by Michelle C. Pardo
You may have heard the well-known proverb, “a man who is his own lawyer has a fool for his client.” It stands for the concept that while individuals in our country are free to represent him or herself in a criminal or civil trial – acting pro se – many caution that this is not the wisest course.
The issue is even more precarious when an attorney attempts to participate as a fact witness in a case he or she has brought. Rule 3.7 of the ABA Model Rules of Professional Conduct (a rule substantially echoed in many jurisdictions) states that “[a] lawyer shall not act as advocate at a trial in which the lawyer is likely to be a necessary witness.” This rule applies absent certain narrow circumstances, such as the testimony relates to an uncontested issue or the nature and value of legal services. The reason for the rule is straightforward: combining roles of advocate and witness can prejudice the court and the opposing party and create a conflict of interest between lawyer and client.
Friends of Animals, an animal rights organization headquartered in Connecticut, recently was called out by a federal judge in Oregon when its in-house counsel, Michael Harris, tried to serve as a declarant in support of Friends of Animals’ summary judgment motion. The declaration was intended to establish the requisite “injury in fact” for Friends of Animals’ members to establish a critical element of “standing” – the threshold inquiry that permits a litigant to have an injury remedied by the federal courts. Continue reading The Pitfalls of Serving as Activist Attorney and Client: Should We Give A Hoot?
by Michelle C. Pardo
Serbia joins the ranks of European countries that have enacted bans on fur farming. Serbia’s Animal Welfare Act legislation passed in 2009, with a 10 year phase out period on farming. The Act makes it illegal to keep, reproduce, import, export and kill animals only for the production of fur. Efforts to delay or reverse the ban proved to be unsuccessful and the ban went into effect on the first of the year. Serbia’s fur farming centered on raising chinchillas, which are native to Northern Chile and known to have extraordinarily dense and soft fur. While both the long-tailed and short-tailed chinchilla are listed as “endangered” by the International Union for Conservation of Nature’s (IUCN) Red List, chinchillas are still commercially bred. Serbia joins a number of countries that have banned fur farming or sales, including Germany, Norway and the United Kingdom. More countries have bans on their parliamentary agendas. Animal and environmental activists have long advocated for bans on fur farming due to animal welfare and environmental “sustainability” issues.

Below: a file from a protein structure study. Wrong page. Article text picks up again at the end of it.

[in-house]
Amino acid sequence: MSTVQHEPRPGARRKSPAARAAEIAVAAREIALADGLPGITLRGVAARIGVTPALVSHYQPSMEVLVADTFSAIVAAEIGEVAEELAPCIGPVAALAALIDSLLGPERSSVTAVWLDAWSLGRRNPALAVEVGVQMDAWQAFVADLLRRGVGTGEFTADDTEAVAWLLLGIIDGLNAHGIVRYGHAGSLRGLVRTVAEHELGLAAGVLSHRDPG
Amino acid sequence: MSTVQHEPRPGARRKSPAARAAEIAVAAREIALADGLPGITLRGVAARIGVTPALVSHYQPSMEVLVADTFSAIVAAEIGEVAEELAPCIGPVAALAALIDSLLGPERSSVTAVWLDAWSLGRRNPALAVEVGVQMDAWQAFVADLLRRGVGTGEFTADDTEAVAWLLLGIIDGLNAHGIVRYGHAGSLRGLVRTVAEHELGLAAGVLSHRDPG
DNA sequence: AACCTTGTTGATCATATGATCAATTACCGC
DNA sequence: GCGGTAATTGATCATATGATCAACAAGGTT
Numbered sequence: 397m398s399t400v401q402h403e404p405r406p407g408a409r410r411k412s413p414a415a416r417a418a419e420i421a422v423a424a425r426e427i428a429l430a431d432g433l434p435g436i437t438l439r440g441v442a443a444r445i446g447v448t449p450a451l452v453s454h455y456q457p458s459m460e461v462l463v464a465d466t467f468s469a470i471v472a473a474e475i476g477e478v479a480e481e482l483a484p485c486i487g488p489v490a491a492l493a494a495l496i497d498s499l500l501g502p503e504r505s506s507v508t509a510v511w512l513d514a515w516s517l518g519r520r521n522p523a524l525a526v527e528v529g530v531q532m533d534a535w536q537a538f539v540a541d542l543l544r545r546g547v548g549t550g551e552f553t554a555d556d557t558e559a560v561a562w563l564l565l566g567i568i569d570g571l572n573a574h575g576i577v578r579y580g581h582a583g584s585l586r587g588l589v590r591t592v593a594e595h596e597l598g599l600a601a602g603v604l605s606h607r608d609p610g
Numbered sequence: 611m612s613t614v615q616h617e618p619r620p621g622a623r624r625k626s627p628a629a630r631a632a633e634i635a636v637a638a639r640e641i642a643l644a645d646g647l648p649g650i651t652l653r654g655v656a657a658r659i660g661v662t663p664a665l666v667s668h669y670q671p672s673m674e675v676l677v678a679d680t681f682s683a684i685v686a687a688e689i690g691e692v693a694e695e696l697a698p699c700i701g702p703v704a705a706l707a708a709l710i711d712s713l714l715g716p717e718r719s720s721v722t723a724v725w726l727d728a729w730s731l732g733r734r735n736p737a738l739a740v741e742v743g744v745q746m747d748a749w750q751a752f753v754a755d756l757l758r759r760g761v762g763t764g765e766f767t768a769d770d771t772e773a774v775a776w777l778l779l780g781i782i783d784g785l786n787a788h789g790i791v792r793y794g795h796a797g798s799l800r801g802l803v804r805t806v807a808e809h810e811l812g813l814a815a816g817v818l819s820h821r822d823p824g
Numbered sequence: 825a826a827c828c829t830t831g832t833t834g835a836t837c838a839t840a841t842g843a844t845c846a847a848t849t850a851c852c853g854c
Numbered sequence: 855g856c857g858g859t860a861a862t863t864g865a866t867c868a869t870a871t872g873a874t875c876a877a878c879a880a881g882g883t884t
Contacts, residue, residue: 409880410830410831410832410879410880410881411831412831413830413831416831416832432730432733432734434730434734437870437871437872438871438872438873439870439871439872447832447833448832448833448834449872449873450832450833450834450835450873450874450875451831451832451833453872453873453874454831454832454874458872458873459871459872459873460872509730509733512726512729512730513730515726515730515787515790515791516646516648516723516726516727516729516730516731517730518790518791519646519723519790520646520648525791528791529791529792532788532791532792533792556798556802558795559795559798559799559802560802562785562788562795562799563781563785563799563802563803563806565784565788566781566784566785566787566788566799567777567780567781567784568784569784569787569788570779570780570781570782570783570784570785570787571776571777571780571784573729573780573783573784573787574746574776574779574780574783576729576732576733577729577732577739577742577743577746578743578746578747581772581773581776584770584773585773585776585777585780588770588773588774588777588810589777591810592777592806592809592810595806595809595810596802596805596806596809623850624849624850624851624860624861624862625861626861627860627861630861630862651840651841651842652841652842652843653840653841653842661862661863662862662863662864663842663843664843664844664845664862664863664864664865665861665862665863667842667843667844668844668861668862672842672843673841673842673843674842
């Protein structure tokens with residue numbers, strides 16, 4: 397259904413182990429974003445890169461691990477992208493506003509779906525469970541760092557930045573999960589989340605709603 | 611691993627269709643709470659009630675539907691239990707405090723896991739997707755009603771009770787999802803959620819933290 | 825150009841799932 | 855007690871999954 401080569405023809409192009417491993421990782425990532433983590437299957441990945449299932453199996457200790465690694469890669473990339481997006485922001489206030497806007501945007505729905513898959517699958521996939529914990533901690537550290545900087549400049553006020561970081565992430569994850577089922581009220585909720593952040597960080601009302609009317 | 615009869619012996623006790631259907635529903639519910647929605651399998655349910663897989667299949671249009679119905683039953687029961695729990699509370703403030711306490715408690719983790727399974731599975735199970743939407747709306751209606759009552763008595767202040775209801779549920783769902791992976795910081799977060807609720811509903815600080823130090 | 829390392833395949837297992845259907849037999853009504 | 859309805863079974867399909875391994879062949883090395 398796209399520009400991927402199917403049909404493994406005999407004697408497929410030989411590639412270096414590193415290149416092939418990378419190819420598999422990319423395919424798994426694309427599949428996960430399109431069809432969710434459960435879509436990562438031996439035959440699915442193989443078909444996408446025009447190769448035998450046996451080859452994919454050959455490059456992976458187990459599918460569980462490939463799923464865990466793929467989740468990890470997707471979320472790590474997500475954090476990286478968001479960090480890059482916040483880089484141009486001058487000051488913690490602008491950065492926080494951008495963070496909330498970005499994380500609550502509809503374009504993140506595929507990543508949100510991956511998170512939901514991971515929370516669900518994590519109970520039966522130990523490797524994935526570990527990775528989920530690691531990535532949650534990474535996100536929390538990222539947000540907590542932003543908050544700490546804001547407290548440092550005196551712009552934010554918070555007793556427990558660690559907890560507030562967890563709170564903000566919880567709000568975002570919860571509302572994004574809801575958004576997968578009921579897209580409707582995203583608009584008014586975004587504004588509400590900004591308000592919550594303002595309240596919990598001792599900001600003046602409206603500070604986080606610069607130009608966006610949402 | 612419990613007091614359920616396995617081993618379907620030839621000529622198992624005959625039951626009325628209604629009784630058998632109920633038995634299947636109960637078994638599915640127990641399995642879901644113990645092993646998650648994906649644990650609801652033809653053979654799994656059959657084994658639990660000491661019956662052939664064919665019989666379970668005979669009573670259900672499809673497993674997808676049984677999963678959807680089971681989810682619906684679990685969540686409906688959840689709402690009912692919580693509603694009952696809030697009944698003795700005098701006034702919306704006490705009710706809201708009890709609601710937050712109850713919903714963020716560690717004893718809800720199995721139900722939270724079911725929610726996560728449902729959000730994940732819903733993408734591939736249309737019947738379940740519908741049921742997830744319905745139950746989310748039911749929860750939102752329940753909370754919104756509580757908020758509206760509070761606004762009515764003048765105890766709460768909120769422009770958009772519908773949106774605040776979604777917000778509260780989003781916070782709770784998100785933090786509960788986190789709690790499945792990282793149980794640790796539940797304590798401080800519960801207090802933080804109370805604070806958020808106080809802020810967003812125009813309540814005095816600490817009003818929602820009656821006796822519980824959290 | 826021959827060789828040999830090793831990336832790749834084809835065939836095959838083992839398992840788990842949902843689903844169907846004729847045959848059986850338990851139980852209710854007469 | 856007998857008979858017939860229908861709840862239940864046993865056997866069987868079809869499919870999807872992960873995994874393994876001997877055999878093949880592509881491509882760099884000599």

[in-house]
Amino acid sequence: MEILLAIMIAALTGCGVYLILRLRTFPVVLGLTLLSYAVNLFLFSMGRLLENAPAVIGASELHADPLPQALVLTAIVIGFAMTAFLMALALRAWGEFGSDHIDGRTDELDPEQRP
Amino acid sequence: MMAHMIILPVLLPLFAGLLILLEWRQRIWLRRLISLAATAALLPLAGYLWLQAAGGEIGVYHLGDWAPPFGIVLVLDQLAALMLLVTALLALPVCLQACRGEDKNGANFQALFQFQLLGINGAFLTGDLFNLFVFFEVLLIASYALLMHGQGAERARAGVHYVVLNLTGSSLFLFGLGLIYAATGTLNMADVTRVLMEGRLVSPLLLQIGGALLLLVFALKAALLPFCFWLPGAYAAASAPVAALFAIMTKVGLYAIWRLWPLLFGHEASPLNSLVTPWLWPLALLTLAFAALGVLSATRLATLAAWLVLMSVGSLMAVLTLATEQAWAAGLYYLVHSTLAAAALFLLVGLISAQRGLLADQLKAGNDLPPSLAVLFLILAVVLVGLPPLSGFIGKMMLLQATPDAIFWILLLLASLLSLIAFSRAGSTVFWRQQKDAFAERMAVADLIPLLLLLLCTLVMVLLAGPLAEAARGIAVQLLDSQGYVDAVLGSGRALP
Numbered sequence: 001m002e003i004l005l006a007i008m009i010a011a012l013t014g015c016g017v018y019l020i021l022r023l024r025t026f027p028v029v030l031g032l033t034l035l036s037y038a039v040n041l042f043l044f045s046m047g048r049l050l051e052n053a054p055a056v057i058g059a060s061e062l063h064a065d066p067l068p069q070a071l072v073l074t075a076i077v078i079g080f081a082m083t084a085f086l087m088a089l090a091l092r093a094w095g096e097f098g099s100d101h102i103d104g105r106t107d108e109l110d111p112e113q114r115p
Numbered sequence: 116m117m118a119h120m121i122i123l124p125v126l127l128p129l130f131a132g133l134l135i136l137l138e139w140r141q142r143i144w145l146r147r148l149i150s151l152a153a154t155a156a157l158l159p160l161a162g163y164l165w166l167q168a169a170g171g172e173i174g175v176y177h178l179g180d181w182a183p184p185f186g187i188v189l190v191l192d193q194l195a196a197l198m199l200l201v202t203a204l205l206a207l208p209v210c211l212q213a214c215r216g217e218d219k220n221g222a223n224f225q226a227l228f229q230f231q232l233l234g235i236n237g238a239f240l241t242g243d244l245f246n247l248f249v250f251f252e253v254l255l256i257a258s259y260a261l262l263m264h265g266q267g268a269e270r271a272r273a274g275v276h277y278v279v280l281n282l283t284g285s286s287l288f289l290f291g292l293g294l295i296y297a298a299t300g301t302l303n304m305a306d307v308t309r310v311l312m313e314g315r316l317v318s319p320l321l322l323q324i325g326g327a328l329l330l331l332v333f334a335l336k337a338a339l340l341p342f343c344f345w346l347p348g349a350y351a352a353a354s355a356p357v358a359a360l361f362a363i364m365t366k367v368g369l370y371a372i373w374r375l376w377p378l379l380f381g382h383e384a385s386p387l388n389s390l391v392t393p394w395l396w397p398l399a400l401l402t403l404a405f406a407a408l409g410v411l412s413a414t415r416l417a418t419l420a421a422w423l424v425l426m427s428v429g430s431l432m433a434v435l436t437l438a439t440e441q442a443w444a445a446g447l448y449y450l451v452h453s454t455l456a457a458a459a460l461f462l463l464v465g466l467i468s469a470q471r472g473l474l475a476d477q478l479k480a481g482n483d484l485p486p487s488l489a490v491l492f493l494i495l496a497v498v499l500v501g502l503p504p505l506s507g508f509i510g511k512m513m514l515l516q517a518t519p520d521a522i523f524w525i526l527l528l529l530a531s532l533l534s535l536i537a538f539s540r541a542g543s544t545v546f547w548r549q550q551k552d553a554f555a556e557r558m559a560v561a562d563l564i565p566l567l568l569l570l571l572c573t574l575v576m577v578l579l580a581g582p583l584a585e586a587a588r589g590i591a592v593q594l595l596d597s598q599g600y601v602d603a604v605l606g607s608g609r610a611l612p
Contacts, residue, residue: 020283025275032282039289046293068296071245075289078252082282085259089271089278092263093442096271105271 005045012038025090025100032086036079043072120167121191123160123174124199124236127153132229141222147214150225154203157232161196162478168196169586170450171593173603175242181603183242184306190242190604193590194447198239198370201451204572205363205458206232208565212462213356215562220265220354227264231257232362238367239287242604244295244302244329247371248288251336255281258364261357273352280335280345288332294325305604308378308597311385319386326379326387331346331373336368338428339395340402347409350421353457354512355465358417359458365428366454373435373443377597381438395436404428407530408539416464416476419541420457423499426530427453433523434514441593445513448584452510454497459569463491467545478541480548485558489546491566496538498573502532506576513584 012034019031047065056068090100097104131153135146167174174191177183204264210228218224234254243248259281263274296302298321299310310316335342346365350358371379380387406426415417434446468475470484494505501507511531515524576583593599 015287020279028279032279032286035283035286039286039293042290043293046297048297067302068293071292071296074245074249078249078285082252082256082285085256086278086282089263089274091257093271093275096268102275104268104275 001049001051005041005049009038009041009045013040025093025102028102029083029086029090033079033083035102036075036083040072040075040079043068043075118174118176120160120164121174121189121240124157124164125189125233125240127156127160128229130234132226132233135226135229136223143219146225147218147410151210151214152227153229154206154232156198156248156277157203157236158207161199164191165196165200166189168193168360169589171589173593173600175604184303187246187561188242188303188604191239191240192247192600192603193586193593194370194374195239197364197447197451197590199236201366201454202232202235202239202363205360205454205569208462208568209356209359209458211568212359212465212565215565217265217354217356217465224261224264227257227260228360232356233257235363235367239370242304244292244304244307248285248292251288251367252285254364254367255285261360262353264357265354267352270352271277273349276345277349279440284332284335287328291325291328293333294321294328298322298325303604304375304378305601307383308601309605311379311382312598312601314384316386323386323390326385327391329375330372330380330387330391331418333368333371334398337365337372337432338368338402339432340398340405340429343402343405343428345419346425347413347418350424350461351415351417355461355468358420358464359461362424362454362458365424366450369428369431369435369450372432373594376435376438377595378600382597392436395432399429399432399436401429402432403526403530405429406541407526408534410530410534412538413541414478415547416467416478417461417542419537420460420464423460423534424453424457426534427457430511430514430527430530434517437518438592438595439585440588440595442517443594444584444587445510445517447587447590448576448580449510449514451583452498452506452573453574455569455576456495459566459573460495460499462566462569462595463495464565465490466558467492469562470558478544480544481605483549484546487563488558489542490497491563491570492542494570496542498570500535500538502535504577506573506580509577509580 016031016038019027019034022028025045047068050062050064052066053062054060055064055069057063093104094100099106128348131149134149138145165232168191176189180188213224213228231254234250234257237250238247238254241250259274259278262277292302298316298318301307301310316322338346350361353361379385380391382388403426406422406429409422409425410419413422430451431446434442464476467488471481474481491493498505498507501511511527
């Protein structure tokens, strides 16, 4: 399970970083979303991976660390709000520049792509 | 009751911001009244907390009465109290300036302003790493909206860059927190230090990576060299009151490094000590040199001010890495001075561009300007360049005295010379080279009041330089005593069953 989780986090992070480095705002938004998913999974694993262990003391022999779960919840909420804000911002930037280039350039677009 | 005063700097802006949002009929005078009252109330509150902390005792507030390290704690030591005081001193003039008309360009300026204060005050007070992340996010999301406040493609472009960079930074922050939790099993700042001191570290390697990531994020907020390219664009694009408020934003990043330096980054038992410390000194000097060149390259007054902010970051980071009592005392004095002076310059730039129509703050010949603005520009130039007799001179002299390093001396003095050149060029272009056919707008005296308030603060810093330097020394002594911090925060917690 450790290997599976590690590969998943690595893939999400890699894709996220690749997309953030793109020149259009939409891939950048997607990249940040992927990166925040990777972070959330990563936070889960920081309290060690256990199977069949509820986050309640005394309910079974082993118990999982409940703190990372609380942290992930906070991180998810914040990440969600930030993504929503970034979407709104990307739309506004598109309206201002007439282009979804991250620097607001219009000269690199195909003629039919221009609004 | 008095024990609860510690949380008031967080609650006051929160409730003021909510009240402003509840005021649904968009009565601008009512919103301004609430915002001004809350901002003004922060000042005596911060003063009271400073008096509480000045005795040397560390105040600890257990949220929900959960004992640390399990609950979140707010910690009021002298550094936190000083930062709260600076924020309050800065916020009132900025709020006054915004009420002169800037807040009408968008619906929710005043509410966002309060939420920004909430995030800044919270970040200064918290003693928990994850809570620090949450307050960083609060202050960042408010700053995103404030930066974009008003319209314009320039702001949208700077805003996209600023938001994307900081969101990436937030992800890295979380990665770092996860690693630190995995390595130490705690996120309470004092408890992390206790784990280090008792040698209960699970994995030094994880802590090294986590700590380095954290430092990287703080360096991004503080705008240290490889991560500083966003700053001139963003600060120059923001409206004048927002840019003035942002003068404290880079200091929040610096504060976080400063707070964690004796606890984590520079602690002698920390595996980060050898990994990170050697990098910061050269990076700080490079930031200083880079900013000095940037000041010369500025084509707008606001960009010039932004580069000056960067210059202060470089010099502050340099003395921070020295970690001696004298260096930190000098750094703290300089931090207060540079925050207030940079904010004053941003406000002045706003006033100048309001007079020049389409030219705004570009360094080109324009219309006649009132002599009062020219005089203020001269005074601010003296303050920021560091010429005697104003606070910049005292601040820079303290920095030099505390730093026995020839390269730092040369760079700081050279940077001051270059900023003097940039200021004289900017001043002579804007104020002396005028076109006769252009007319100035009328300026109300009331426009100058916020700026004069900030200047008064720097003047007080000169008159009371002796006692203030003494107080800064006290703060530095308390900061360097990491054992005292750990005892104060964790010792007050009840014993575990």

However a recent study commissioned by the International Fur Federation and Fur Europe found that natural fur biodegrades rapidly even in landfill conditions without oxygen as opposed to fake fur which did not biodegrade at all. The study results, announced last summer, note that synthetic fashion materials contribute to plastic pollution and directly challenge claims made by environmental activists who claim that fur production is an energy consumptive process.
Fur bans are not only trending in Europe. In 2018 the Los Angeles City Council voted to ban the sale of fur clothing and directed the City Attorney’s office to draft an ordinance outlining the ban. The LA City Council will have to approve the ordinance and have it signed by the mayor before it becomes law. The LA ban will likely have exemptions for fur trapped by California Fish and Game license holders and for fur worn for religious purposes. Some in the fashion industry have debated whether fur bans are only the first step in an activist agenda to ban the sale of leather and wool. Sustainability has become the “buzz word” in the fashion industry as more companies feel pressures to source their goods from raw materials that generate environmental, social and economic benefits while not using too many resources or causing pollution.
by Michelle C. Pardo
An Endangered Species Act (ESA) lawsuit against the City of New Bedford will continue after a federal district judge in Massachusetts denied the defendant’s efforts to dismiss plaintiff Joyce Rowley’s lawsuit. The City of New Bedford runs the Buttonwood Park Zoo, which has been home to two Asian elephants, Ruth and Emily, for decades. Plaintiff Rowley runs an organization called Friends of Ruth & Emily Inc., which is dedicated to retiring Asian elephants Ruth and Emily to “a warm climate sanctuary to live out their days in peace, dignity, and freedom”. In the last 25 months, it’s “Go Fund Me” page has raised just $10,025 of the requested $25,000 “to get justice” for the elephants. Continue reading Asian Elephant Case Against Buttonwood Park Zoo Continues